So far we have come across numerous ways in which Virtual Reality (VR) is being used to provide a digitally immersive experience for the users. This technology is mainly used in the gaming sector and for entertainment purposes. Having said that, nowadays, more and more research is being conducted on Virtual Reality (VR) and it has been employed in various sectors. Now, a combined team of researchers from Carnegie Mellon University and Benaroya Research Institute at Virginia Mason are now developing a system for better prevention and treatment of diseases with the help of Virtual Reality (VR) and microscopy.
Video Credits: Carnegie Mellon University Mellon College of Science, YouTube
This team of researchers is now developing a method which is a combination of nanoscale imaging techniques and Virtual Reality (VR) technology. This method will allow the researchers to “step inside” their biological data. This combination will allow the scientists to study the cell structures in a much better way. They will be able to enlarge, explore and also analyse the cell structures better than that of a traditional light microscopy.
According to Caroline Stefani is a senior postdoctoral research associate at the Benaroya Research Institute, “At BRI, we’ll prepare the live infectious and autoimmune disease samples. We’ll send those to Carnegie Mellon, where they will enlarge the samples and send images back to BRI to be viewed in VR.”
The Virtual Reality (VR) technology that was used in this process was designed specifically for this purpose. It is called ExMicroVR. Tom Skillman was the person who developed this technology. Skillman is BRI’s former director of research technology. Since then Skillman has found his own company in VR technology called the ‘Immersive Science’.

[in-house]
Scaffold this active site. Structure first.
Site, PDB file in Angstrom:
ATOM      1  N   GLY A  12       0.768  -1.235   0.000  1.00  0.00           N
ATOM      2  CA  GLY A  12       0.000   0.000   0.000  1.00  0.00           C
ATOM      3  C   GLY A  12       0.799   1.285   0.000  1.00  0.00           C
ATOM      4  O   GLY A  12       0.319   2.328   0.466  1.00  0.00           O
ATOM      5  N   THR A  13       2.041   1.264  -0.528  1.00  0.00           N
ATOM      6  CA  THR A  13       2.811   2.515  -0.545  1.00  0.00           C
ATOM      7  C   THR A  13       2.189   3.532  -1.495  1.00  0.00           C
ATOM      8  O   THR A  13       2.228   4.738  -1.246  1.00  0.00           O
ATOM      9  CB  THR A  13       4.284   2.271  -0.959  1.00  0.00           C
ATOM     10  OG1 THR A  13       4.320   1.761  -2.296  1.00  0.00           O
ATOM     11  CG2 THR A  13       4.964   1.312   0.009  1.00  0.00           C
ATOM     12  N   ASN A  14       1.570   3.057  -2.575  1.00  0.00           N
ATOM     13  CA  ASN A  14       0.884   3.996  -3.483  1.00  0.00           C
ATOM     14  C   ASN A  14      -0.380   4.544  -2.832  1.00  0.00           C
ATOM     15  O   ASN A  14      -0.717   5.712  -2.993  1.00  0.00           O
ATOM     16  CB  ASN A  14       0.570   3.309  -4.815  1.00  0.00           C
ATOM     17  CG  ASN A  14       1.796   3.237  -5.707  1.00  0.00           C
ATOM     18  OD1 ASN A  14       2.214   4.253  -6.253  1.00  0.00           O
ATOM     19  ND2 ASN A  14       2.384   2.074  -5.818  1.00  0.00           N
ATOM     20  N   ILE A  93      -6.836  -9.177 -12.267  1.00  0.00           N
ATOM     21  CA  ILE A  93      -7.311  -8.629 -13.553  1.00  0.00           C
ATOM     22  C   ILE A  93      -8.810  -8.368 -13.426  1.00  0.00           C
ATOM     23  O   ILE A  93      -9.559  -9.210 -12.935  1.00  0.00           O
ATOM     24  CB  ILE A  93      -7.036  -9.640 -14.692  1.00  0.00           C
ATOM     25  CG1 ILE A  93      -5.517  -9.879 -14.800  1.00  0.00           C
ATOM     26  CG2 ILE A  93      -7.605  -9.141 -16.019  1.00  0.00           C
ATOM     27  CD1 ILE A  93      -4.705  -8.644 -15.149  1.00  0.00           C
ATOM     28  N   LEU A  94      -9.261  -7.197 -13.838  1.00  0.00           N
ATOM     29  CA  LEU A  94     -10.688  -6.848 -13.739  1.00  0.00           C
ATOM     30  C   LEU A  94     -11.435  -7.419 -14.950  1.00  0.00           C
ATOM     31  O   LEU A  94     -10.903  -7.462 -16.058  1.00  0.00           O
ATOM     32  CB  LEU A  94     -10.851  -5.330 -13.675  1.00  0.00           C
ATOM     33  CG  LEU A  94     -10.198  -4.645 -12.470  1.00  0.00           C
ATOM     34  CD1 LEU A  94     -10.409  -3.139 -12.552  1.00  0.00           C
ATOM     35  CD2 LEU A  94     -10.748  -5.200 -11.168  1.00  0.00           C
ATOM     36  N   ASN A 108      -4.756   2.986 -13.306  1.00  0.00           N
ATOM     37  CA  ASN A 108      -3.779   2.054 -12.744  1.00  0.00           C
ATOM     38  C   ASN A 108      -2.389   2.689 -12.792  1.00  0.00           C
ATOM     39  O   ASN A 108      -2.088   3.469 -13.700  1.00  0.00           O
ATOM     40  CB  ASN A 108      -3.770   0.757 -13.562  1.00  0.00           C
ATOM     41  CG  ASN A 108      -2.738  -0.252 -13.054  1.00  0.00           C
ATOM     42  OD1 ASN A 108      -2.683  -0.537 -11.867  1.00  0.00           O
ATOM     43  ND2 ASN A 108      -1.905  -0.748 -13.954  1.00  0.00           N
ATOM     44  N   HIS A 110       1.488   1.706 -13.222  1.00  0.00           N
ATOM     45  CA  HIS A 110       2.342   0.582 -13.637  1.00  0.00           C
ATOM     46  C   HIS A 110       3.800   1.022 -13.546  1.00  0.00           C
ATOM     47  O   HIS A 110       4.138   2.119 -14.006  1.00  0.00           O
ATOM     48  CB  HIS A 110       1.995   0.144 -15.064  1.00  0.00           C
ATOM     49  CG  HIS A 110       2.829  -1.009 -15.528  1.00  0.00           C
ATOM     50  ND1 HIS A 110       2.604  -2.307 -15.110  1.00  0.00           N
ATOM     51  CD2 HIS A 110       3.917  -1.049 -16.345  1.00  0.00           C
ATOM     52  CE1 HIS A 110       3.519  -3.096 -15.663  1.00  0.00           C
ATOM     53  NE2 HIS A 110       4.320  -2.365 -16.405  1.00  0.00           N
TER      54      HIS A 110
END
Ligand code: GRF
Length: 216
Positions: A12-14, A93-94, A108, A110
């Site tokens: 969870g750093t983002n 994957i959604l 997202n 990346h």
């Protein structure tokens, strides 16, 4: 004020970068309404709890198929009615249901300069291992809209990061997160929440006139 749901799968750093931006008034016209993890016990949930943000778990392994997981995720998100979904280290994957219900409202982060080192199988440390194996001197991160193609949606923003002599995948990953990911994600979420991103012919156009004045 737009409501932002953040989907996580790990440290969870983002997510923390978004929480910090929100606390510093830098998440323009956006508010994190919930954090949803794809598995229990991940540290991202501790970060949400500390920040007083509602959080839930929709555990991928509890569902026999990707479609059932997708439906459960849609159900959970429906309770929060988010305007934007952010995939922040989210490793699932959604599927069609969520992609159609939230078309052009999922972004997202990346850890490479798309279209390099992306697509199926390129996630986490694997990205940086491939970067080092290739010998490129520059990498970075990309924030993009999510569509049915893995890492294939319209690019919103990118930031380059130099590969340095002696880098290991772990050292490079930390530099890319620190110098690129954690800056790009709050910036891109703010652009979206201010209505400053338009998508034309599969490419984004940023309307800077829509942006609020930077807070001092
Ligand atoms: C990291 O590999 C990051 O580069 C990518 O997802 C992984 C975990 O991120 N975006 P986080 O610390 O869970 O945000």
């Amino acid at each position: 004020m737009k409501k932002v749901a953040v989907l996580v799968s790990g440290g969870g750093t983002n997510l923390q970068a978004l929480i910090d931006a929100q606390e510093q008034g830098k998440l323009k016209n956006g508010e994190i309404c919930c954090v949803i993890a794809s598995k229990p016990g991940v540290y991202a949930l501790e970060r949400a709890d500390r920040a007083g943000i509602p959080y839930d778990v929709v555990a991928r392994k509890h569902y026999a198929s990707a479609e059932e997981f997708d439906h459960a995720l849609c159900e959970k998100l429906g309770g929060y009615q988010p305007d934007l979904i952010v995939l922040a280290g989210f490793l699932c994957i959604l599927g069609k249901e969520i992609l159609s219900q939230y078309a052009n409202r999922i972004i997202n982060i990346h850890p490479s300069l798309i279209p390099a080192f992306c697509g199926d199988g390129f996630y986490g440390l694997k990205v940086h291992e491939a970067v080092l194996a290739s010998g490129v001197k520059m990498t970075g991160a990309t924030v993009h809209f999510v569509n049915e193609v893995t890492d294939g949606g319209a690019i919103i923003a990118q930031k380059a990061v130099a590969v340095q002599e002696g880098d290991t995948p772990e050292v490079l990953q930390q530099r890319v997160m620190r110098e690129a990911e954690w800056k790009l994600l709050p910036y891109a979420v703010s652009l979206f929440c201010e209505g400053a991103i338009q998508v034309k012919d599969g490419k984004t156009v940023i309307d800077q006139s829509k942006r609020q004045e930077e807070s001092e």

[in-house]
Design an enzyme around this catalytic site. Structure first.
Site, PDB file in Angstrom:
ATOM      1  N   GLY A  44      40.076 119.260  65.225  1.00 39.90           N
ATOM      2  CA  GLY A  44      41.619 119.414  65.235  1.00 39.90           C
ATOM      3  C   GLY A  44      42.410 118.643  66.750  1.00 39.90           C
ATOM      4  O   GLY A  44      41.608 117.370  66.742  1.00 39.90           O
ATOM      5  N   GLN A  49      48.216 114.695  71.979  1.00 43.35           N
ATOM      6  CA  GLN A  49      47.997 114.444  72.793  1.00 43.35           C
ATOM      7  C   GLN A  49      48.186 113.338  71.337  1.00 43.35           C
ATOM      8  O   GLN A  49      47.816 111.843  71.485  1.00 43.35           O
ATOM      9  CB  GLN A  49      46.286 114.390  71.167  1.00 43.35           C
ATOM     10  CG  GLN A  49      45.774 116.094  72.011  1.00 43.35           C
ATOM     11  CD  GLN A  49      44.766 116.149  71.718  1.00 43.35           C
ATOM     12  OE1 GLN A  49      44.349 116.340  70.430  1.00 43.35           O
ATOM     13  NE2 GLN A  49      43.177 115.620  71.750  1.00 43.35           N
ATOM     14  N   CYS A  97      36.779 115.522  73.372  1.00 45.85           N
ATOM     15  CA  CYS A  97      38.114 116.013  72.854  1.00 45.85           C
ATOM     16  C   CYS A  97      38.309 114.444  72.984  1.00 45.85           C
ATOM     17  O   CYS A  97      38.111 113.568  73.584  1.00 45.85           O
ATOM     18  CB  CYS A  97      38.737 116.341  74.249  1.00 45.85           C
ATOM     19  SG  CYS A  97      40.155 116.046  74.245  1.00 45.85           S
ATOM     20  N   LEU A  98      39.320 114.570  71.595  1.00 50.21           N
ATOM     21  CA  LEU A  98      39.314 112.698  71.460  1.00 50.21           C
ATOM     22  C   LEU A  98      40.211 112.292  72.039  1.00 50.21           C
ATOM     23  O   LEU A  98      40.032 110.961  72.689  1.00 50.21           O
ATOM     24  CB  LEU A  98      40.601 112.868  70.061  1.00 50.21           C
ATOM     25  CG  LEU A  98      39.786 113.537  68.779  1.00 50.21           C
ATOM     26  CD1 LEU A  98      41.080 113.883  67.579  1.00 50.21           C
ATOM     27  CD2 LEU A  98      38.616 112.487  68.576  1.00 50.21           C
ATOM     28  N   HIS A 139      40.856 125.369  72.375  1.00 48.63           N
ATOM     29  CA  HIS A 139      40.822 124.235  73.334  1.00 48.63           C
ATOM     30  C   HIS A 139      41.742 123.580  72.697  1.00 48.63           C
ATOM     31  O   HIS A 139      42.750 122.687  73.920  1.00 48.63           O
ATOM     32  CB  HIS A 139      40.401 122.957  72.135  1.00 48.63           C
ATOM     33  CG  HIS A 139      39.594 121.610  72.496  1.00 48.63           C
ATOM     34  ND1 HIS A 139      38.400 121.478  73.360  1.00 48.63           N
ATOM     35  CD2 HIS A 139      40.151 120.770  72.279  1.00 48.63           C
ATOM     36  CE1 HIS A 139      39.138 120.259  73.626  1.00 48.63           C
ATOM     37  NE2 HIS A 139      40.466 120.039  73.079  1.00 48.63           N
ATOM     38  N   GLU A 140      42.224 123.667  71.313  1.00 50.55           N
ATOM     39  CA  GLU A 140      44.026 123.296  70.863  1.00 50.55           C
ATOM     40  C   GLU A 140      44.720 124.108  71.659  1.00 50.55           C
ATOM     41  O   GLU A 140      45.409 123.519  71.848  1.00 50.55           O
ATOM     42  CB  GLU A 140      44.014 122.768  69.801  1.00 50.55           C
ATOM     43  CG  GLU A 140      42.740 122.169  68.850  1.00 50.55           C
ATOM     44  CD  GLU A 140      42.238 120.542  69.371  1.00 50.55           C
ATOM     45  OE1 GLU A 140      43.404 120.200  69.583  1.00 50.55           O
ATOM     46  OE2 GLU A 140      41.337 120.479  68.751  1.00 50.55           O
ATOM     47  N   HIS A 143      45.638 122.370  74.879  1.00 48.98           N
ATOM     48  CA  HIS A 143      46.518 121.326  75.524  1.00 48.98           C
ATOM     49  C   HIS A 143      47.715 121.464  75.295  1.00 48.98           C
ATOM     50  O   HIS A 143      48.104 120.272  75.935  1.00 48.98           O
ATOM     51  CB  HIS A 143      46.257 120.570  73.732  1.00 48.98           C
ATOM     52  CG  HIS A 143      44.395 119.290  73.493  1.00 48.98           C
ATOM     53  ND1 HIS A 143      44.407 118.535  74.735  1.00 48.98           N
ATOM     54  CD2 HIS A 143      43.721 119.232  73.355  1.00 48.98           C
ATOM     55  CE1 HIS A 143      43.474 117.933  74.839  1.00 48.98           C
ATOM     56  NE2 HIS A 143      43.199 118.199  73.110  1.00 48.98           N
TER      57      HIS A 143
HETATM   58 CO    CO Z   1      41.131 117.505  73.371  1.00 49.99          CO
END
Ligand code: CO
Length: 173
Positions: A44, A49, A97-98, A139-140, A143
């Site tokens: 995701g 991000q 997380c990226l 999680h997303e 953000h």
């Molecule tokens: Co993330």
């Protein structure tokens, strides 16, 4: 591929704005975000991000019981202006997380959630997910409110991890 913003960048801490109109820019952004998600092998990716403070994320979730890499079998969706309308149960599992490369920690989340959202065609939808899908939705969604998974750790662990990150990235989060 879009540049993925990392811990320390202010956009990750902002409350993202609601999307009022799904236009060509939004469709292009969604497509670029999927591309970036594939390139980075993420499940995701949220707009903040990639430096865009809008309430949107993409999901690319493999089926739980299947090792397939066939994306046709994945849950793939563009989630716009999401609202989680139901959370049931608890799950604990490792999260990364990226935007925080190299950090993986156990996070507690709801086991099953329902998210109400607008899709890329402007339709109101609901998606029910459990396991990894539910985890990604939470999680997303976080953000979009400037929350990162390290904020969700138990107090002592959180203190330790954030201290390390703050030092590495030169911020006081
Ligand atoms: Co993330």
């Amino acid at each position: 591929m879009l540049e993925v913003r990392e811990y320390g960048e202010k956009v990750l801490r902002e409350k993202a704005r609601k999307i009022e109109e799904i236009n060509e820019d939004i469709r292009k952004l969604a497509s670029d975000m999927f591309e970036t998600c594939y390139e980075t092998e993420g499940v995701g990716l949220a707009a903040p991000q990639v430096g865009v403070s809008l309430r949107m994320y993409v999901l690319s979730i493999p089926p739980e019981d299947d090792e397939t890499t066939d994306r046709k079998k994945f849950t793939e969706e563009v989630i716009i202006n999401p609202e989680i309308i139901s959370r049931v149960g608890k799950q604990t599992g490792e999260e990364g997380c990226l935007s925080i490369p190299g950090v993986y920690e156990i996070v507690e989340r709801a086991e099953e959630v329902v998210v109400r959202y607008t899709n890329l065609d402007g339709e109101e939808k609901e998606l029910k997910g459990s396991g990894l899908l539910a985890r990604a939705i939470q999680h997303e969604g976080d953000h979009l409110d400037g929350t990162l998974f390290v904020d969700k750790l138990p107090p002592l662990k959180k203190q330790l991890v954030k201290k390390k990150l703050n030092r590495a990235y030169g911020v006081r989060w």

While speaking about the project Skillman said that, “My role in this grant is to develop a software tool that will allow scientists studying disease a way to understand large amounts of data through a computational technique called ‘immersive science.”
He further added that, “Bringing all that data into VR not only allows the scientist to see their 2D microscope images in full 3D, but to interact with the data, selecting channels, adjusting the views, colors and contrast, and grabbing and rotating the images to quickly identify key aspects of the image that are coupled back to the disease under study.”
The expansion microscopy technology was developed by Yongxin (Leon) Zhao. Zhao is an assistant professor of biological science at Carnegie Mellon’s, Mellon College of Science. This technology allows the researchers to be able to see finer details in the biological samples with the help of a standard microscope.
This technology works by transforming the biopsy samples chemically into water soluble hydrogels. Zhao then loosens the tissues which allow them to expand more than 100 times their original size. The best is that, this system allows the users to label the molecules and the tissues in the sample. It can also compile this information into a complex set of data. This data is then used to study interactions among cells and their structures.
This research process was funded with a sum amount of $200,000 by the Bill and Melinda Gates Foundation through an initiative called ‘Grand Challenges’. This research can prove to very vital for the researchers in the developing countries as it is very affordable and easily accessible.